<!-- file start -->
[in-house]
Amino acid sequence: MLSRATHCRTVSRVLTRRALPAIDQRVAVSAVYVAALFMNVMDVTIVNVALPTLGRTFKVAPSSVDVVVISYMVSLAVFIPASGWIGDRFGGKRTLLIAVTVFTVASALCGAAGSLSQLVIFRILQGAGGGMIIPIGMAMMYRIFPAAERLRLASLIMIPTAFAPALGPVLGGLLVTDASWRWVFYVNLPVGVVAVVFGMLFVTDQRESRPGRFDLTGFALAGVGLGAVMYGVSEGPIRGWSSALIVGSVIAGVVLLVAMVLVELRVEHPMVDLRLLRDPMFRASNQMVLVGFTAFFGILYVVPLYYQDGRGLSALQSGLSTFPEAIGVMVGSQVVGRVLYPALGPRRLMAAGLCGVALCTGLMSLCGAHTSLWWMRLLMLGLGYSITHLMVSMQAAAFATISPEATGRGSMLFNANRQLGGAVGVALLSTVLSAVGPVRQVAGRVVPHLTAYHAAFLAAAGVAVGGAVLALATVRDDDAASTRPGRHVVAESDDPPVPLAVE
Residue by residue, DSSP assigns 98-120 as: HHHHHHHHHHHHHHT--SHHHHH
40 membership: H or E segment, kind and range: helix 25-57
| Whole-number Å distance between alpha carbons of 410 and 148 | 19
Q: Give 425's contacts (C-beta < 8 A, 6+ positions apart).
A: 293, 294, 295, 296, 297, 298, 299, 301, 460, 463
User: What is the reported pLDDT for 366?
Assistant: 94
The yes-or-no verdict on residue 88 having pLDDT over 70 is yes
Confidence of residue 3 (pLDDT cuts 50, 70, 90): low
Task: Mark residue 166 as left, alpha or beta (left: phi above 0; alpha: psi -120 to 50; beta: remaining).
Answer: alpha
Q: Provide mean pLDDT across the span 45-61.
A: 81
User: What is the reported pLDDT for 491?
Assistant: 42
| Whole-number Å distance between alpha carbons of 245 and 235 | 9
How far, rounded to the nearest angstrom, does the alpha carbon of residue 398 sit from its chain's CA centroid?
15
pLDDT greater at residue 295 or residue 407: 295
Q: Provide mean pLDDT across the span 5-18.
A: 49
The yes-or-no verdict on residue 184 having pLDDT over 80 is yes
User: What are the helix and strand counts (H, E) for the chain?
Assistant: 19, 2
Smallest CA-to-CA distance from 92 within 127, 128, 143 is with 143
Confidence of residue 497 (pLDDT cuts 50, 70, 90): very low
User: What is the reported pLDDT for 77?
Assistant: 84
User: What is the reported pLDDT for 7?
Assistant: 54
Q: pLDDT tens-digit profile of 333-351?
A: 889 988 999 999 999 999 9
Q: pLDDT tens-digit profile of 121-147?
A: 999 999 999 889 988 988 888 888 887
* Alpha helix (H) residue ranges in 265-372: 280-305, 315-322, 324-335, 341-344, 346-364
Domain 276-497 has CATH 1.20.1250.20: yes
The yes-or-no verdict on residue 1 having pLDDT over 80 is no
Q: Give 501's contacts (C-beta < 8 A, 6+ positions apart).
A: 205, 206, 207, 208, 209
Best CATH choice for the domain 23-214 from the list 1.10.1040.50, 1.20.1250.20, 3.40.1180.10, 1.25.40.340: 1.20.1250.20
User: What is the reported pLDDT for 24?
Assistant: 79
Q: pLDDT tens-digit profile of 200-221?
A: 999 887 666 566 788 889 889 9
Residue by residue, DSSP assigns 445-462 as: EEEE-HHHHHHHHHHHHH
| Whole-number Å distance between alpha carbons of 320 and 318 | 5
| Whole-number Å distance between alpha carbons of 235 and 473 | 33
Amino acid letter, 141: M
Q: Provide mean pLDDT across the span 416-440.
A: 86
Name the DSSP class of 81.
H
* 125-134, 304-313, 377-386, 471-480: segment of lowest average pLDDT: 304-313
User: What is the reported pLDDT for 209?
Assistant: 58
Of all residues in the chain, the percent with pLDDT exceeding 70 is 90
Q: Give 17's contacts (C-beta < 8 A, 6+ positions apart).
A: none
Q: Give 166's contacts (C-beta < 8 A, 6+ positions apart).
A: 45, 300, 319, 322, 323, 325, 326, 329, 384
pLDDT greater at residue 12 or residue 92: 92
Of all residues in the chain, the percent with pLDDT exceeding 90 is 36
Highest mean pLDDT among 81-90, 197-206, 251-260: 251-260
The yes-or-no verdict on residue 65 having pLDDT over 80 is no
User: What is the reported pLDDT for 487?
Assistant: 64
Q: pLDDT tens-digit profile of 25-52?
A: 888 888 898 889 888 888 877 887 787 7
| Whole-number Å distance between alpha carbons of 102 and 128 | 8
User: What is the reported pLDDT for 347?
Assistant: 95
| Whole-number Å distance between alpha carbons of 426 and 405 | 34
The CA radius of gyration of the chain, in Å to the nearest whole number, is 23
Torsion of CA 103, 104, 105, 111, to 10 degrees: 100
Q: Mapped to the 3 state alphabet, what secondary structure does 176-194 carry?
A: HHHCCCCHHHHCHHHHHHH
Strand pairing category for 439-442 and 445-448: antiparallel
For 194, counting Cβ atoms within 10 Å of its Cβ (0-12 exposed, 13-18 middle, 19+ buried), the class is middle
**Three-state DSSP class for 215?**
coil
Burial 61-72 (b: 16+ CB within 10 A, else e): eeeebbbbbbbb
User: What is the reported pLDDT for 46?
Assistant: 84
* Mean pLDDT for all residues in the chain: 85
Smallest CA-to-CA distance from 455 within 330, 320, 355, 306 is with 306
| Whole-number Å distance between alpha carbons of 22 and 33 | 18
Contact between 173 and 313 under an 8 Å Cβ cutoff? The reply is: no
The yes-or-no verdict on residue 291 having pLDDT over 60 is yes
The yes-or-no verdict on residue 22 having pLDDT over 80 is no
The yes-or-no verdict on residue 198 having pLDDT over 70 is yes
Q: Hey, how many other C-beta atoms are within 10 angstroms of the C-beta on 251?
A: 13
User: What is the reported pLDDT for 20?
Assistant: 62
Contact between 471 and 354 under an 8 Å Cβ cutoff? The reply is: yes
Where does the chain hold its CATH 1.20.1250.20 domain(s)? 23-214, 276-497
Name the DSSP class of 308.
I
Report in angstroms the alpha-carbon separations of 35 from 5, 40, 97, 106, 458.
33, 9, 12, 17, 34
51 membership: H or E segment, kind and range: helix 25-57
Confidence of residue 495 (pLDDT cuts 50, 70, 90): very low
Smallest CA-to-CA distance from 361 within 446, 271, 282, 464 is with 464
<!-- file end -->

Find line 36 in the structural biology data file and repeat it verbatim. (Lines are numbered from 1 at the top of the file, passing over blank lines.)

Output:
A: 999 999 999 889 988 988 888 888 887